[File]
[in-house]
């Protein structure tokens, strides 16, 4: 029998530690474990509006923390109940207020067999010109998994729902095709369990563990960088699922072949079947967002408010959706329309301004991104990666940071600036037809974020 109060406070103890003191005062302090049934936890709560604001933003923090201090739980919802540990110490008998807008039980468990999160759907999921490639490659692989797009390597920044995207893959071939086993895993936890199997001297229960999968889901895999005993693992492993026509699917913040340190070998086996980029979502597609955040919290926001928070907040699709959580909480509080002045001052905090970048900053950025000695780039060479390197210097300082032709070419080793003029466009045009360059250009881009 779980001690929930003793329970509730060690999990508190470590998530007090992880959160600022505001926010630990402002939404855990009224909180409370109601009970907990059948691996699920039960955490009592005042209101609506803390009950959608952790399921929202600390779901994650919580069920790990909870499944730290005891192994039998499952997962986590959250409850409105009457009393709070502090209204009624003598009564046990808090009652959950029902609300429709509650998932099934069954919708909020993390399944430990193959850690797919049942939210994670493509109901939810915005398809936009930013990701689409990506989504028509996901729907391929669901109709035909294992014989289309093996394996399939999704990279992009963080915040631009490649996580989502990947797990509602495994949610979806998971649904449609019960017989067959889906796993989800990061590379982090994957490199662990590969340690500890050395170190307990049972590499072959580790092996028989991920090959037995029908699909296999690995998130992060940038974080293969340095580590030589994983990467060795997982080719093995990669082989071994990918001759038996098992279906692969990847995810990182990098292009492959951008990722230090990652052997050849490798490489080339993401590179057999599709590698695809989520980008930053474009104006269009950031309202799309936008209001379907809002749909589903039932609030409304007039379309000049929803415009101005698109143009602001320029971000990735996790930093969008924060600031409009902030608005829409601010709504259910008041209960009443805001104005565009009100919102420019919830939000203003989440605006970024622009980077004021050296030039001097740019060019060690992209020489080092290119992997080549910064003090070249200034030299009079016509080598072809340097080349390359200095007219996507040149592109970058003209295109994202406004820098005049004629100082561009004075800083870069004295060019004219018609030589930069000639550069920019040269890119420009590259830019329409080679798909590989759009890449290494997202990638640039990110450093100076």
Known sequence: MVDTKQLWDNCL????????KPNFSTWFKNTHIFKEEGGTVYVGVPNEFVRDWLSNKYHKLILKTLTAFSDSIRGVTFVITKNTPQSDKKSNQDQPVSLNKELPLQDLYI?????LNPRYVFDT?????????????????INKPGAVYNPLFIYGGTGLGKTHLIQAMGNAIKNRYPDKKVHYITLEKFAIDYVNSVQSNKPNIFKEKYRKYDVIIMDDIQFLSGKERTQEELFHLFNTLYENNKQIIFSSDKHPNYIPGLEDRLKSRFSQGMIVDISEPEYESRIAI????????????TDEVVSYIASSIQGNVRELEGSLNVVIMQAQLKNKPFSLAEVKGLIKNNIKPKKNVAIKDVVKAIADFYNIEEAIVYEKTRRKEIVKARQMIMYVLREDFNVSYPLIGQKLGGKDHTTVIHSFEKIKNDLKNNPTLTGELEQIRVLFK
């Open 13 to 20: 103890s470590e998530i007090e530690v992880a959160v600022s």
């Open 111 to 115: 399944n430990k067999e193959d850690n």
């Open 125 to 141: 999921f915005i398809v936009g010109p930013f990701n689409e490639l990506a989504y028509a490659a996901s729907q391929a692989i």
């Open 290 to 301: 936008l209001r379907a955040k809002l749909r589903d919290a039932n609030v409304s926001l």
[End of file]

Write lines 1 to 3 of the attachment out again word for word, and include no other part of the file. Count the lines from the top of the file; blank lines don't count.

[in-house]
């Protein structure tokens, strides 16, 4: 029998530690474990509006923390109940207020067999010109998994729902095709369990563990960088699922072949079947967002408010959706329309301004991104990666940071600036037809974020 109060406070103890003191005062302090049934936890709560604001933003923090201090739980919802540990110490008998807008039980468990999160759907999921490639490659692989797009390597920044995207893959071939086993895993936890199997001297229960999968889901895999005993693992492993026509699917913040340190070998086996980029979502597609955040919290926001928070907040699709959580909480509080002045001052905090970048900053950025000695780039060479390197210097300082032709070419080793003029466009045009360059250009881009 779980001690929930003793329970509730060690999990508190470590998530007090992880959160600022505001926010630990402002939404855990009224909180409370109601009970907990059948691996699920039960955490009592005042209101609506803390009950959608952790399921929202600390779901994650919580069920790990909870499944730290005891192994039998499952997962986590959250409850409105009457009393709070502090209204009624003598009564046990808090009652959950029902609300429709509650998932099934069954919708909020993390399944430990193959850690797919049942939210994670493509109901939810915005398809936009930013990701689409990506989504028509996901729907391929669901109709035909294992014989289309093996394996399939999704990279992009963080915040631009490649996580989502990947797990509602495994949610979806998971649904449609019960017989067959889906796993989800990061590379982090994957490199662990590969340690500890050395170190307990049972590499072959580790092996028989991920090959037995029908699909296999690995998130992060940038974080293969340095580590030589994983990467060795997982080719093995990669082989071994990918001759038996098992279906692969990847995810990182990098292009492959951008990722230090990652052997050849490798490489080339993401590179057999599709590698695809989520980008930053474009104006269009950031309202799309936008209001379907809002749909589903039932609030409304007039379309000049929803415009101005698109143009602001320029971000990735996790930093969008924060600031409009902030608005829409601010709504259910008041209960009443805001104005565009009100919102420019919830939000203003989440605006970024622009980077004021050296030039001097740019060019060690992209020489080092290119992997080549910064003090070249200034030299009079016509080598072809340097080349390359200095007219996507040149592109970058003209295109994202406004820098005049004629100082561009004075800083870069004295060019004219018609030589930069000639550069920019040269890119420009590259830019329409080679798909590989759009890449290494997202990638640039990110450093100076």
Known sequence: MVDTKQLWDNCL????????KPNFSTWFKNTHIFKEEGGTVYVGVPNEFVRDWLSNKYHKLILKTLTAFSDSIRGVTFVITKNTPQSDKKSNQDQPVSLNKELPLQDLYI?????LNPRYVFDT?????????????????INKPGAVYNPLFIYGGTGLGKTHLIQAMGNAIKNRYPDKKVHYITLEKFAIDYVNSVQSNKPNIFKEKYRKYDVIIMDDIQFLSGKERTQEELFHLFNTLYENNKQIIFSSDKHPNYIPGLEDRLKSRFSQGMIVDISEPEYESRIAI????????????TDEVVSYIASSIQGNVRELEGSLNVVIMQAQLKNKPFSLAEVKGLIKNNIKPKKNVAIKDVVKAIADFYNIEEAIVYEKTRRKEIVKARQMIMYVLREDFNVSYPLIGQKLGGKDHTTVIHSFEKIKNDLKNNPTLTGELEQIRVLFK